From Henry Lee, Jr.
Stratford [Va.] feby 28th[–3 March 17]99
Last monday evening Mr C. Washington presented me with yr favor covering a duplicate of yr let. of the 4th Novr & accompanying deeds for the land given for Magnolio. The deeds have been executed agreably to desire.1 The duplicate is the first letr I recd from you on the subject it concerns, which fact will of course apologize for my silence.
I passed thro. alexa. early in Decr & should have called at Mt Vernon, but you was then absent, having gone to Philada to meet the general officers of the army—Mr Simms did make every effort to procure Harrisons lands, as did I afterwards thro. Mr W. B. Page—But neither could move him from a his price 5£ pr acre. Yr offer was as many dollars—To attend longer to that subject or to trouble you with a let. upon it seemed to me equally useless.
I wish he could have been induced to have fallen near yr price, I would have made some sacrifice to have procured the land. For I never was more anxious to satisfy a demand than I am the one you possess2—Relying on the promises of Judge Wilson the opinion of my worthy friend Mr Morgan, & afterwards on the honor of Mr Morris to whom I paid 10,000£ in cash for bills on his son interest in Loudon which I was assured would be duely paid, I have been brought into a trying & disagreable scene.
But it is vain to occupy yr time with a narrative of the causes of my unprepared condition—My Berkeley Lands I have offered for sale including the ore bank for 6£ pr acre—a price always deemed fair. The gentleman has engaged to meet me there the first week in may, if I sell I shall be ready to releive yr wants.
A sooner day I shd have appointed but having engaged very indiscreetly in a congressional election I cannot quit the district till after the 24th April.
On my return I will wait on you.
I am sorry you view my city lots in the light you do—I recd them in payment at the prices I offerd them for. My plats which you would have seen had we entered into treaty would have shewn their size, but as the proposal was pr square foot, the size of the lot could not effect the fairness of the contract; as the charge would have been commensurate with the quantity of the square feet sold.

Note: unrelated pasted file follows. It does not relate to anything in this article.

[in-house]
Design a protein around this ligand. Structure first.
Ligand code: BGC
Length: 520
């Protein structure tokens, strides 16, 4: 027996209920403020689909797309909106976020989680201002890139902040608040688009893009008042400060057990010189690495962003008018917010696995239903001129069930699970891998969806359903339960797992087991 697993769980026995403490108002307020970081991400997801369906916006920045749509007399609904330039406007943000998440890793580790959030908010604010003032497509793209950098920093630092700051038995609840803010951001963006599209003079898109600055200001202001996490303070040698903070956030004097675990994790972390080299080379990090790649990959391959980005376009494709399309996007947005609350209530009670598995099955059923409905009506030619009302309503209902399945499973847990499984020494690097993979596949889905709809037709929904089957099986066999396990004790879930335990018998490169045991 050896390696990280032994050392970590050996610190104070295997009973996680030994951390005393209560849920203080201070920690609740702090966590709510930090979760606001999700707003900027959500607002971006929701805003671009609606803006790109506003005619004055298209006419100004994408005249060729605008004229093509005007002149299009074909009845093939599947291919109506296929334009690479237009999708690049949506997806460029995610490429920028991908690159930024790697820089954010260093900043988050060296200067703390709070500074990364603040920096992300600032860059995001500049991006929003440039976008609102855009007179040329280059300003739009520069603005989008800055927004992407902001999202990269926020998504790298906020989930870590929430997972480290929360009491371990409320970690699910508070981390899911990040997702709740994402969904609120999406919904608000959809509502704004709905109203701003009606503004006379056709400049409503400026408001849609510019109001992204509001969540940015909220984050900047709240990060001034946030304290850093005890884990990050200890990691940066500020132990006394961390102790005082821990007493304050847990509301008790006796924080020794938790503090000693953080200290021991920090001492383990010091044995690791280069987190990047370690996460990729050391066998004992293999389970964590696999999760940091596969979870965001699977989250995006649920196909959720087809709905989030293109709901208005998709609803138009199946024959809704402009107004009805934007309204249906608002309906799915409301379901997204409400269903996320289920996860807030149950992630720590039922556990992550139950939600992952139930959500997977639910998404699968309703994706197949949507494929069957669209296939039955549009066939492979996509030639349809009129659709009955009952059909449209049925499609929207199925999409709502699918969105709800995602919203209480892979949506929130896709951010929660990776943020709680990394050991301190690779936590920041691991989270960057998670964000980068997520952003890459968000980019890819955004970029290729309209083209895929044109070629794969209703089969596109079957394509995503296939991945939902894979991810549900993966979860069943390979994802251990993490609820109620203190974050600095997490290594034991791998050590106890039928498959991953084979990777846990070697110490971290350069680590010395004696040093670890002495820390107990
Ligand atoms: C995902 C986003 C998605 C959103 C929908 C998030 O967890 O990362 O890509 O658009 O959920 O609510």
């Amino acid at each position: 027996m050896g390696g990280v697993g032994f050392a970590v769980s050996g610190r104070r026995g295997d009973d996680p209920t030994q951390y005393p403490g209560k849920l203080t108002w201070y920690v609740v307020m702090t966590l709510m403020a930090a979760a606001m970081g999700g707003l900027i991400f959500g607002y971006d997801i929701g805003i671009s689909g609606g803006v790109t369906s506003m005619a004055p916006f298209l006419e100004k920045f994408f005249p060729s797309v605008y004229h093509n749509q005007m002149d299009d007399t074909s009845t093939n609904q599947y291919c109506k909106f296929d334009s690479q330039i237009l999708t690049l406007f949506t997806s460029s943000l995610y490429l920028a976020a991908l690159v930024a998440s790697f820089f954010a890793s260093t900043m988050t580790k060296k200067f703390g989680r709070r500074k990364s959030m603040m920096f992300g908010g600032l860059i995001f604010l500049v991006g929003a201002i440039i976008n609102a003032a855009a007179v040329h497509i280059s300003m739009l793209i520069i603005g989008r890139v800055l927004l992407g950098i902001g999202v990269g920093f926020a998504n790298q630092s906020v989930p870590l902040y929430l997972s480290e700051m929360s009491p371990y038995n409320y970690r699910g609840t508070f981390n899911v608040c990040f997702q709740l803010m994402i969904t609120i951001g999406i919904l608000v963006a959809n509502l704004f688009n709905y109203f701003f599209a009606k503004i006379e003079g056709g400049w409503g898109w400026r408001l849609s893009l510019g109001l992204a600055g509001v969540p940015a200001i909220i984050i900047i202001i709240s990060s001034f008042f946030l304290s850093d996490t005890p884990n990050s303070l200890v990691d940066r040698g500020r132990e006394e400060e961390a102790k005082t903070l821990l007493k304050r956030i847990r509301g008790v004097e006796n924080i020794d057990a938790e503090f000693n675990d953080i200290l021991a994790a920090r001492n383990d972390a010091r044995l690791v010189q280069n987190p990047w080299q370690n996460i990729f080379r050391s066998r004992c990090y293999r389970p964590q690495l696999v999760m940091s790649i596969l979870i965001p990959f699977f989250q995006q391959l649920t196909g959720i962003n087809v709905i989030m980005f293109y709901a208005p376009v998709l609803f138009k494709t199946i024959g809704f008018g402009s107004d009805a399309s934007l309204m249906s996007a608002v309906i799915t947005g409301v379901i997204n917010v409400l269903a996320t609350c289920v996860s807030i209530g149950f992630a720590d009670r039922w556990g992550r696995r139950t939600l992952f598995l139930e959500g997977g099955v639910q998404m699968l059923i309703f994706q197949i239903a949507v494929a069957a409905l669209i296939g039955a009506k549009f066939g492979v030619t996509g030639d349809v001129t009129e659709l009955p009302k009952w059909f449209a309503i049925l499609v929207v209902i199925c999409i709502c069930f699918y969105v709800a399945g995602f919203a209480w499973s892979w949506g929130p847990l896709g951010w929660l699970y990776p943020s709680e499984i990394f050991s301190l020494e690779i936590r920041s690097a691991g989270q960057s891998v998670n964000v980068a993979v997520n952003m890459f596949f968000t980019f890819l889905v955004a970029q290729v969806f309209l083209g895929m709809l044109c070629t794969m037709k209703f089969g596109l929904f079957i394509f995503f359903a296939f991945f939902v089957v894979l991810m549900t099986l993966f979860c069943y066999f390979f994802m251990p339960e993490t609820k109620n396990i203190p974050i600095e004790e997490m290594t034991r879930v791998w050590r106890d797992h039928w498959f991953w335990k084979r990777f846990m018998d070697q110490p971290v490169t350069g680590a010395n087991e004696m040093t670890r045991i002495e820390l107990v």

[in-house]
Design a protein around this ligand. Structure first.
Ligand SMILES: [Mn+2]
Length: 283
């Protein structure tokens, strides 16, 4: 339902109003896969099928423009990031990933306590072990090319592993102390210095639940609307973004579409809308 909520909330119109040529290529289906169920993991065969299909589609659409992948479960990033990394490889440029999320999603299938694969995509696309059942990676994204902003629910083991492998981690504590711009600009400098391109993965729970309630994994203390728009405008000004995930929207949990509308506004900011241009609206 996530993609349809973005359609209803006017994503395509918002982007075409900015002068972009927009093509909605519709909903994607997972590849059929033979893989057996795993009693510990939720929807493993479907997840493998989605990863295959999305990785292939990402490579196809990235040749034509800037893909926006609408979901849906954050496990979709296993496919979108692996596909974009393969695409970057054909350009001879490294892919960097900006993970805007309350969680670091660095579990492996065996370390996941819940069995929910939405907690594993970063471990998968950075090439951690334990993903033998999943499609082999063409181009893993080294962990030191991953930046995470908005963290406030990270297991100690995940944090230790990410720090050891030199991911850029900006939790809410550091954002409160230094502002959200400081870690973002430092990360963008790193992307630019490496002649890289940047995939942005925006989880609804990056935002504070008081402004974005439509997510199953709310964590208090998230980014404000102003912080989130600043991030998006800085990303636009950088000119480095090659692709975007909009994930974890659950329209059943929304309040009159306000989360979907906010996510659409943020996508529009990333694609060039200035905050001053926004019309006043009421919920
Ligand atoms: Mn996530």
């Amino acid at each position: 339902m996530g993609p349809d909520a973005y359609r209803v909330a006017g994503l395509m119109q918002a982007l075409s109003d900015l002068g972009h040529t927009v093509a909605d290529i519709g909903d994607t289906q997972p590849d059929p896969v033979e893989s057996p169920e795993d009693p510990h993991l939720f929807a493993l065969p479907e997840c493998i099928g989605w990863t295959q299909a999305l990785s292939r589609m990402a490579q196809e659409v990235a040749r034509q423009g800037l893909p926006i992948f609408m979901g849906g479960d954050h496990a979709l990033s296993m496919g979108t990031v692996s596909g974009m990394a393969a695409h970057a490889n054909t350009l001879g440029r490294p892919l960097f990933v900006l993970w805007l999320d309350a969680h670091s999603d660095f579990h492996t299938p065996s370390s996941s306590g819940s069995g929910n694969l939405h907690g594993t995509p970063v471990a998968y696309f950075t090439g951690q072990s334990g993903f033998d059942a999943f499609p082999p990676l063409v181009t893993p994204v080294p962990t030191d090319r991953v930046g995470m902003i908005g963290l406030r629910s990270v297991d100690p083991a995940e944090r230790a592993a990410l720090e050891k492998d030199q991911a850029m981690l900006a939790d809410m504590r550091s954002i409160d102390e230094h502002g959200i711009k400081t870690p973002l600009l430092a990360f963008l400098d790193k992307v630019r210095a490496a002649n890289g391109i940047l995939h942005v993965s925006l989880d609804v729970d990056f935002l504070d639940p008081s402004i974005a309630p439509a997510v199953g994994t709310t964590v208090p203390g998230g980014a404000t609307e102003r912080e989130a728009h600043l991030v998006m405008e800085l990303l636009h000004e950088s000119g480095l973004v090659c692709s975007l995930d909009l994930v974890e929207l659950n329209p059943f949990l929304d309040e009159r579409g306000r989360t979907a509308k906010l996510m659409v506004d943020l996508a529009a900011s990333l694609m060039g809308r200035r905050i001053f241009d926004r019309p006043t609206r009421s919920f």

I am very apt to give liberal prices for any thing I buy, & I suppose I may have done so in the city lots as in many other instances.
I calculated greatly on the advancing prosperity of the Country, in this I have been disappointed & shall submit to the suffering it will produce, without a murmur—Pecuniary loss I disregard, but there is another loss which I feel & shall for ever feel. Wishing you every happiness I remain with the highest respect yr friend & ob: sert
Stratford 3d March 99
From Mr George Lee who owes me money I recd a letr of which the following is an extract since my writing to you.
I take the liberty of presenting the same to you that shd the land answer you, I may accede to Mr Lee’s proposal.
11 April Loudon
“Being very anxious to setde all my debts & finding it impossible unless I can sell my land in fairfax near Colchester I now make an offer of it to you—there is 408 acres a good house, ¼ timber, one mile from Colchester & 15 from Alexa. conveniently situated to the river”—this land is rented out, but for what sum the writer does not mention, nor can I inform—tho. this I will ascertain in May—His price is 50/ per acre.3
With very high respect & attachmt I remain yr ob: frd & ser.
1. The letter of 4 Nov. dealt with the matter of GW’s securing new deeds to the Kentucky land on Rough Creek which GW got from Lee in 1789 in exchange for the horse Magnolio.
2. In November 1795 Lee bought GW’s Dismal Swamp land for $20,000 to be paid in three annual payments beginning 1 Dec. 1796. In February 1797 Lee gave GW a part of what was due on the first payment (see GW to Lee, 2 April 1797, n.1) and another part of it in August 1797 in the form of Jesse Simms’s note for $1,000 which he endorsed and transferred to GW (see Simms to GW, 8 Jan. 1798, n.1). After GW was unable to collect on Simms’s note, Lee in the late summer or early fall of 1798, according to GW, suggested that Simms might be able to acquire William B. Harrison’s land adjoining Mount Vernon, which GW wished to secure control of, and transfer it to GW in payment of his note (see GW to William B. Harrison, 5 Mar. 1799). In a missing letter, probably dated 11 May, GW apparently inquired about the negotiations that Lee’s brother-in-law William Byrd Page (1772–1818) had conducted with Harrison for Lee (see Lee to GW, 12 May), and a few days later Harrison arrived at Mount Vernon to negotiate with GW, which culminated in the offer GW made for Harrison’s land in his letter dated 16 May.
4. Lee wrote below his initials: “Lands bringing 4 pr Cent I consider equal to stock at 6 pCent. The first is certain & in our young country must rise—I myself would be satisfied with 3 pr Cent from Lands.”